There's no mention of digital sensors or crop factors which is probably a good thing, since the video is already 18 minutes long.
Here's a list of films mentioned in the video (along with notable people / inventors / technologies). The films are all worth watching - many could be considered a 'must-see' for any film connoisseur.
Television vs. widescreen - Cinerama by Fred Waller (2.57 or 2.57:1 / 2.59 or 2.59:1 / 2.65 or 2.65:1 when cropped) - I have a whole blog post on Cinerama here. The movie 'This is Cinerama' (from 1952), 'The Wonderful World of the Brothers Grimm' (from 1962) and 'How the West Was Won' (from 1962).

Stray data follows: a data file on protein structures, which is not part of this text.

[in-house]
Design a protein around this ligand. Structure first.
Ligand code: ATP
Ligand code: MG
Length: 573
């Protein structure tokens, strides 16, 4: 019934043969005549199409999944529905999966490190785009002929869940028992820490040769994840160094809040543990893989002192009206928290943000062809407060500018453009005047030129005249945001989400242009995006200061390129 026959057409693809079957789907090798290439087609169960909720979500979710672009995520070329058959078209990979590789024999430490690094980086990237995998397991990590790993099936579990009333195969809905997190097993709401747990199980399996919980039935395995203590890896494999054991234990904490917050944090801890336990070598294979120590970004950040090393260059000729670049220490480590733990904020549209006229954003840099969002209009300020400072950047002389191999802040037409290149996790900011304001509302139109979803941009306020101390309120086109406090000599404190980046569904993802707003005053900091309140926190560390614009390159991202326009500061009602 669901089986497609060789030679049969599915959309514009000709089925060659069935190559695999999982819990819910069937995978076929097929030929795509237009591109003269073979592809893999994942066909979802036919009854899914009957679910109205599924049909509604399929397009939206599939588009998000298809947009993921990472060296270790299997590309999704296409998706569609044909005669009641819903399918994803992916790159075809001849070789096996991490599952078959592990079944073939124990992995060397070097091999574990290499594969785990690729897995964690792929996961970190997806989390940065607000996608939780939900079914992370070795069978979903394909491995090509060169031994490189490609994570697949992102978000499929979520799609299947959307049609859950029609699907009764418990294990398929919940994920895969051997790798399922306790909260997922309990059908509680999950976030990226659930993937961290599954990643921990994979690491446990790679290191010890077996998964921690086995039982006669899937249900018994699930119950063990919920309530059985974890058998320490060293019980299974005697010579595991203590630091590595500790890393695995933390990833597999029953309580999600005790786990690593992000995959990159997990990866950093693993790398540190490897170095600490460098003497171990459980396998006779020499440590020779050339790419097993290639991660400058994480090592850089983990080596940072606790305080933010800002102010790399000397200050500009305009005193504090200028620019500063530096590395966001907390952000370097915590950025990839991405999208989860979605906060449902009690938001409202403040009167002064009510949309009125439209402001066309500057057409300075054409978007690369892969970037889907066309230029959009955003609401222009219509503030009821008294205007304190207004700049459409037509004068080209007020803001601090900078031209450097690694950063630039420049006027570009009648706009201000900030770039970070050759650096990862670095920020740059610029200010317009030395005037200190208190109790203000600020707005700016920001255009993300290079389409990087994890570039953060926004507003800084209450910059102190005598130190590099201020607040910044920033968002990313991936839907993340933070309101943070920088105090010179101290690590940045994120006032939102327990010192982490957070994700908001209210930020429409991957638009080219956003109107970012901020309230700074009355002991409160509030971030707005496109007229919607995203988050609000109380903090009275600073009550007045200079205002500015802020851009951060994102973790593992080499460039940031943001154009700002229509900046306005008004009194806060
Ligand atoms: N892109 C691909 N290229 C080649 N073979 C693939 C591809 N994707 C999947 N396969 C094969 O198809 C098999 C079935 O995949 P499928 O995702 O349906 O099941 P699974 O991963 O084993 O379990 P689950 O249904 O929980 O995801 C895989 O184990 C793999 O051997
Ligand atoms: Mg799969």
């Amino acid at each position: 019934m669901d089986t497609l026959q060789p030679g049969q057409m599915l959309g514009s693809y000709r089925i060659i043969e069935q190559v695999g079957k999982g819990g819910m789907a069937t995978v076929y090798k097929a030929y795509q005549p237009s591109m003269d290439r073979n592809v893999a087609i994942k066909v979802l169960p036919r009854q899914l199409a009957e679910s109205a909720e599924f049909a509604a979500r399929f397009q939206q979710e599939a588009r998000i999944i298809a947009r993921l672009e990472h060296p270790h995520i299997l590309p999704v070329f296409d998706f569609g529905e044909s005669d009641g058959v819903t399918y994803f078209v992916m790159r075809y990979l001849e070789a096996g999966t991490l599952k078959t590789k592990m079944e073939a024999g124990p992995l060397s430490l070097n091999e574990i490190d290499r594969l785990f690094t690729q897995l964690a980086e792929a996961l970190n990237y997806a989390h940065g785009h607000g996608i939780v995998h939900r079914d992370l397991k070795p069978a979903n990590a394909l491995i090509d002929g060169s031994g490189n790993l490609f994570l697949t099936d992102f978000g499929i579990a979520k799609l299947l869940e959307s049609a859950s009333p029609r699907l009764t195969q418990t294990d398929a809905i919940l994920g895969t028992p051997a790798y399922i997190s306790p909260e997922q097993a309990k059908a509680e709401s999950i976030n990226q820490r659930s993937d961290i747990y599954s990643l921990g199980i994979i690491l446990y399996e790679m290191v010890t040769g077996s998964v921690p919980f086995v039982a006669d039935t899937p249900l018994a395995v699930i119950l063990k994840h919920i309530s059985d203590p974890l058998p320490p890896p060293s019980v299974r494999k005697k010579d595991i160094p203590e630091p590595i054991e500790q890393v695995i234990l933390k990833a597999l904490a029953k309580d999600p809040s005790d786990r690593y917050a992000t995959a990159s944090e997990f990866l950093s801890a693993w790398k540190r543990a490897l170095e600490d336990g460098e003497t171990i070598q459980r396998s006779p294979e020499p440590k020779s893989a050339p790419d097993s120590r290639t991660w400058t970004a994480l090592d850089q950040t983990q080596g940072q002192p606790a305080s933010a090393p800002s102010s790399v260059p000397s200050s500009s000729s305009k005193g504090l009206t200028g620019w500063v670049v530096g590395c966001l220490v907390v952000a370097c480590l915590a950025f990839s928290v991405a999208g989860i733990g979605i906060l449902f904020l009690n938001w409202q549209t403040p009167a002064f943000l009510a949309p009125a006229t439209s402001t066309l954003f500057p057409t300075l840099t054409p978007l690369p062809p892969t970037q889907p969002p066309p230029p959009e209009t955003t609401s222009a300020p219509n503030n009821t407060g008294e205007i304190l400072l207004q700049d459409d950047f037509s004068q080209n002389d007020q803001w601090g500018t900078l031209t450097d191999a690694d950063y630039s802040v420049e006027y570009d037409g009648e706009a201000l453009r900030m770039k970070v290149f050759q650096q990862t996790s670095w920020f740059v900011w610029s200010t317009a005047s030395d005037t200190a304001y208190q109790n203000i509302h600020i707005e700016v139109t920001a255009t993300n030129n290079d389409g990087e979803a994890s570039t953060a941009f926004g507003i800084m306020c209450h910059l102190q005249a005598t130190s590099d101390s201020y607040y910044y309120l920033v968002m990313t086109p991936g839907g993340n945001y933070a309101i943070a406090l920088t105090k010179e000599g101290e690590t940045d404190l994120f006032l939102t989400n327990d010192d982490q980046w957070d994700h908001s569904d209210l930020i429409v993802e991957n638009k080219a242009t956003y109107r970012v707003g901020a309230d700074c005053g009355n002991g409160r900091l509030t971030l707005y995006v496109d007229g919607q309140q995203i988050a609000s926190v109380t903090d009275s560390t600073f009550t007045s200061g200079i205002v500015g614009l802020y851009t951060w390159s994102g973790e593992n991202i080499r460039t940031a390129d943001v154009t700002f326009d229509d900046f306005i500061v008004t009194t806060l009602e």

The movie 'Shane' (from 1953) originally shot in Academy ratio (1.37 or 1.37:1) but cropped (to 1.66 or 1.66:1) and projected on a new 50 foot screen as opposed to the earlier 30 foot screen using Stereophonic sound. The cropping however increased film grain.
VistaVision (1.85 or 1.85:1) - the movie 'White Christmas' (from 1954), 'The Ten Commandments' (from 1956) - Alfred Hitchcock - 'To Catch a Thief' (from 1955), 'Vertigo' (from 1958) and 'North by Northwest' (from 1959).
Todd-AO by Mike Todd - 70mm film (2.20 or 2.20:1) - the movie 'Oklahoma' (from 1955), 'Around the World in 80 Days' (from 1956), 'South Pacific' (from 1958), 'The Sound of Music' (from 1965) and 'Patton' (from 1970) - Dimension 150.
Now you will hopefully better understand why movies and TV looks the way it does.